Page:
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TBT: When Donald Trump Personally Destroyed Beautiful and Irreplaceable Statues

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In a hyper-hypocritical row over statues, President Donald Trump has clarified a few things about the way his brain works in recent days. As he tweets on about Confederate heritage and history, it’s worth remembering some statutes Trump once destroyed.

We’ll get to those other statues in a bit. But first let’s recount this week in education-by-presidential meltdown.

He basically didn’t care when large groups of neo-Nazis, Klansmen sans hoods and various other white nationalists gathered under the failed re-brand of the “alt-right” in Charlotesville, Virginia to terrorize and beat people.

He engaged in painful both-sidesism after a white nationalist killed Heather Heyer in an incident his own attorney general termed domestic terrorism. Trump then turned an opportunity to speak to Heyer’s parents into an incomprehensible (and factually incorrect) brag about his very small Charlottesville winery.

(It wasn’t a complete wash, though. Trump popularized a favorite epithet of centrist Democrats–“alt-left“–formerly employed by the likes of Neera Tanden, Al Giordano and Joy-Ann Reid to slur people even slightly to the left of Hillary Clinton and brought disrepute on himself and every moronic alt-centrist who ever used the term in earnest.)

For decent measure, Trump tossed out the idea that some Nazis are like, you know, good people.

Most people found this revealed version of Trump to be…as obnoxious and vile as ever. They always have–Trump’s never been well liked. But power players in his own party are starting to abandon him–and he hates that. President Deals was even sucker-punched by his ragtag collection of capitalists, millionaires and billionaires who dipped out of the useless manufacturing council that everyone had forgotten about until the rats jumped ship. So, of course, he tried to pretend it was his idea to dissolve the council all along. His die-hard Kekistani supporters saw this as epic trolling, naturally, it’s how their personal relationships tend to work out.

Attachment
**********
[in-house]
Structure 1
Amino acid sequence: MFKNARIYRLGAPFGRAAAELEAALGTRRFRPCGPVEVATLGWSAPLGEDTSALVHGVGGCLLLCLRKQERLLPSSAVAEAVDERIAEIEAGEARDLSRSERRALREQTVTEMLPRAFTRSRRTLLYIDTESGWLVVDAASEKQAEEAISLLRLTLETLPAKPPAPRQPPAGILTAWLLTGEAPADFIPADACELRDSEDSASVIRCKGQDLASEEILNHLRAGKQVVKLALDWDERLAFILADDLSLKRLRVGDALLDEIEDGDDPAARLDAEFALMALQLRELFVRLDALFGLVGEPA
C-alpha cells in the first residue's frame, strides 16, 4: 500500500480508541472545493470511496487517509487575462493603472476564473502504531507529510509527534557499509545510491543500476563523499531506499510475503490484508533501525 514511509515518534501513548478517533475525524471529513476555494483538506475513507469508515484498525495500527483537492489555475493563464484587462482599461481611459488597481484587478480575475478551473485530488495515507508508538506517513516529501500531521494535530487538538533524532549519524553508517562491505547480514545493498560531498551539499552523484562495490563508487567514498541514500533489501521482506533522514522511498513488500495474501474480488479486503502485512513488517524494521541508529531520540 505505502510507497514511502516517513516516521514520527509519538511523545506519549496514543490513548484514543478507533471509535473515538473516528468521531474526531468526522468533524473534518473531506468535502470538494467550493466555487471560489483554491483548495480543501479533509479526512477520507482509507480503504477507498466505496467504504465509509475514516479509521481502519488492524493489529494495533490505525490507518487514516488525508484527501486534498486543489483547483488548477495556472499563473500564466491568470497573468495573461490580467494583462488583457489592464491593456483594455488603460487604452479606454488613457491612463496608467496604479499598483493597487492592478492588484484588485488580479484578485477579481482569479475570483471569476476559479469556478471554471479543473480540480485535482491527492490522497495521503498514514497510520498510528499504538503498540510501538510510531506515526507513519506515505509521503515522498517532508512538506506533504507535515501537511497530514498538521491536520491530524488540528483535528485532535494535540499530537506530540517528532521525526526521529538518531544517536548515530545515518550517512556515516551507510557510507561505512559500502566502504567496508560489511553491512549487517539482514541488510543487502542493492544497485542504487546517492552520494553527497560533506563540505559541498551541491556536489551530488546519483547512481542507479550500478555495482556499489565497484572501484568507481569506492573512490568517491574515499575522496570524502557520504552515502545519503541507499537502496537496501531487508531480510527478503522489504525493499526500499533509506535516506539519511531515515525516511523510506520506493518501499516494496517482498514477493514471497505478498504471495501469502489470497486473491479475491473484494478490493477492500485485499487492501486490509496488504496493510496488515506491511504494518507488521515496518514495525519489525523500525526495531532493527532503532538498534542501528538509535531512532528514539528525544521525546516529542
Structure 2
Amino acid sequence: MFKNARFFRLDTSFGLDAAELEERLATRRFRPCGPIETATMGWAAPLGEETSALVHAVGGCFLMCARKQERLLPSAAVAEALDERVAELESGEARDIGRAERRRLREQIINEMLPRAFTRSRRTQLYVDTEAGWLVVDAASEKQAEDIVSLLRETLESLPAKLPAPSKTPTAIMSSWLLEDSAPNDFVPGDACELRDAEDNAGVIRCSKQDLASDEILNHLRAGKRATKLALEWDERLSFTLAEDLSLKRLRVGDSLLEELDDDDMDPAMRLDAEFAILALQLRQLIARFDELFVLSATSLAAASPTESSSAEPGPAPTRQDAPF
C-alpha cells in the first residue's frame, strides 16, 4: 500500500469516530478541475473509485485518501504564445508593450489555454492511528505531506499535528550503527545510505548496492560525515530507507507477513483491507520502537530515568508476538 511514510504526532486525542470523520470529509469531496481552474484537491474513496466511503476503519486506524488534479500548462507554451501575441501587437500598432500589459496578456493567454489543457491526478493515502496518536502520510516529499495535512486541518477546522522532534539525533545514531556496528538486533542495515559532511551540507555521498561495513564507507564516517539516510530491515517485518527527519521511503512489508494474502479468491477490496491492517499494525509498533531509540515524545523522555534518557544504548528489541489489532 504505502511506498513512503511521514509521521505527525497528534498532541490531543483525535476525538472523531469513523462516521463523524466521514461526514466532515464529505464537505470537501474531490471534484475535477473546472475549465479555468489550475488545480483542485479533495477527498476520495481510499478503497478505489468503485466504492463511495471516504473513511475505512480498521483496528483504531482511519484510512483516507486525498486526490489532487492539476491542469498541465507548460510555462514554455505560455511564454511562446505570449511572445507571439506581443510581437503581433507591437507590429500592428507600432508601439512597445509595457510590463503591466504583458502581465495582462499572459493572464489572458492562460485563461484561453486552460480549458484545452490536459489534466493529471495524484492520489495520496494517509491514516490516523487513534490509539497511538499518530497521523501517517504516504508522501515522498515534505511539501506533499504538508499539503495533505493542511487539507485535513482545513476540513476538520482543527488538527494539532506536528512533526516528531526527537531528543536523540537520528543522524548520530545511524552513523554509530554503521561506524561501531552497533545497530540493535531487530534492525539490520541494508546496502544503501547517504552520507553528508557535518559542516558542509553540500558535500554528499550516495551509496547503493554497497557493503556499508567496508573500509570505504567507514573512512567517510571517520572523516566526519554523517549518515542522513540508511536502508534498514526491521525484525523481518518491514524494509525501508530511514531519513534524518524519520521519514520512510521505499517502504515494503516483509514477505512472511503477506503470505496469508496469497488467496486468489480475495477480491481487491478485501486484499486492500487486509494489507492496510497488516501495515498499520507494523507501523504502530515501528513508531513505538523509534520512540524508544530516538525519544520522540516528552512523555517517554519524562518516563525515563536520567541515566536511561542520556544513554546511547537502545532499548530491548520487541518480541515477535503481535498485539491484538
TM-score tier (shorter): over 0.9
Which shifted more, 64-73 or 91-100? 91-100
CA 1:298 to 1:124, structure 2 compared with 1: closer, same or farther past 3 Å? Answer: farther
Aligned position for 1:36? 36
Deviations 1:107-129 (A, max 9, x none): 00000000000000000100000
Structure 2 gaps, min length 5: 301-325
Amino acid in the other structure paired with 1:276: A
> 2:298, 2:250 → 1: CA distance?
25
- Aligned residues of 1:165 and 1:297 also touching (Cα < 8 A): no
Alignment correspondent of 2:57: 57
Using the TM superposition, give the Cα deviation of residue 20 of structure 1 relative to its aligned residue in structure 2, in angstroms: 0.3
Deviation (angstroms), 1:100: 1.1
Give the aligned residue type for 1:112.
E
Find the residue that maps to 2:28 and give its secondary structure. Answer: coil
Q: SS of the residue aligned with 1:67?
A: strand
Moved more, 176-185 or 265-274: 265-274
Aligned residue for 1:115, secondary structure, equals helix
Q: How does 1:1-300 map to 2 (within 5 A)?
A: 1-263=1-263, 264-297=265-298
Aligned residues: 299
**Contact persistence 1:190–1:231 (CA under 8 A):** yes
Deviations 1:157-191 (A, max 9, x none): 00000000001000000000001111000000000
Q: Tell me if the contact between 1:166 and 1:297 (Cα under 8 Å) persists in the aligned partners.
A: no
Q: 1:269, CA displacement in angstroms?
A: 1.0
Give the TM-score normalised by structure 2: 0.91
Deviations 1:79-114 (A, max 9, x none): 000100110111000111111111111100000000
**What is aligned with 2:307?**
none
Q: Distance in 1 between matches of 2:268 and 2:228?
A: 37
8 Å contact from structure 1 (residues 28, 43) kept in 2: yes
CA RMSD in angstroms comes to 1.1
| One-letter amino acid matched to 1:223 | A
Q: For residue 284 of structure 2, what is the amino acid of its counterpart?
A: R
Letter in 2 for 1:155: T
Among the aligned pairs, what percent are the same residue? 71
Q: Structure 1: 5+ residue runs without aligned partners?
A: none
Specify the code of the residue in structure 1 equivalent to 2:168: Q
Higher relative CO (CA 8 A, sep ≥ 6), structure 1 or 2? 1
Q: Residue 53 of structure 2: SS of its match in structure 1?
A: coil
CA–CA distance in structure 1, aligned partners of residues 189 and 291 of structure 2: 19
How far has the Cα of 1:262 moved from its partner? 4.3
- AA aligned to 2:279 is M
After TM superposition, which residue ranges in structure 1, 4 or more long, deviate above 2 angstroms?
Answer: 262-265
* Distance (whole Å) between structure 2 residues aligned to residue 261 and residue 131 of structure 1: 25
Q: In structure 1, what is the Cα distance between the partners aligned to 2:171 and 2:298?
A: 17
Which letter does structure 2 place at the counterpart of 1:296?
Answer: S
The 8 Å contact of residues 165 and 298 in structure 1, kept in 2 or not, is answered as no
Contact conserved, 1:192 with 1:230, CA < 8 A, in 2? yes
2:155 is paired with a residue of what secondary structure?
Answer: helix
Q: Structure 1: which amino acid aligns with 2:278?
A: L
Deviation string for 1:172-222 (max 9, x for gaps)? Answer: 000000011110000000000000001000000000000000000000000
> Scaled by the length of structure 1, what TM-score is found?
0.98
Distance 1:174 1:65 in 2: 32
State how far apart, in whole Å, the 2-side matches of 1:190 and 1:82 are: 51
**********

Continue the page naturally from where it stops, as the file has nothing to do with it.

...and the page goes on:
But as the lead balloon-like reception to his less-than-leadership sunk in–and as the acceleration of Confederate monument removal was pegged as a direct response to the violence and hatred of his supporters–an exasperated Trump did what he does best. He logged onto Twitter dot com.

And then, he did what he also does very well: he began to recite bizarre and out-of-touch right-wing orthodoxy by praising Confederate statues and bemoaning their eventual absence in the name of history and culture and stuff.

Ah, those statues. Such beauty.

And, yes, of course, the history. All of it very hard to comparably replace. But let’s take this opportunity to remember a simpler time. Manhattan, 1980. This was a time when Donald Trump’s relationship to statues was markedly different.

That is to say, this was a time when Trump personally had two completely irreplaceable statutes destroyed in order to finish building Trump Tower. Those statutes, the Bonwit Sculptures, were literally standing in the way of progress and commerce. Sure, they could have been removed intact–but that would have delayed construction by a week and a half.

He even used his alter-ego “John Baron” to pose as an art critic and disparage their artistic merit. The Metropolitan Museum of Art disagreed–as they’d hoped to add them to their permanent collection. Actual art critic Robert Miller said:

“The reliefs are as important as the sculptures on the Rockefeller building. They’ll never be made again.”

Read the full story here and here.

[images via screengrab]

Follow Colin Kalmbacher on Twitter: @colinkalmbacher

This is an opinion piece. The views expressed in this article are those of just the author.

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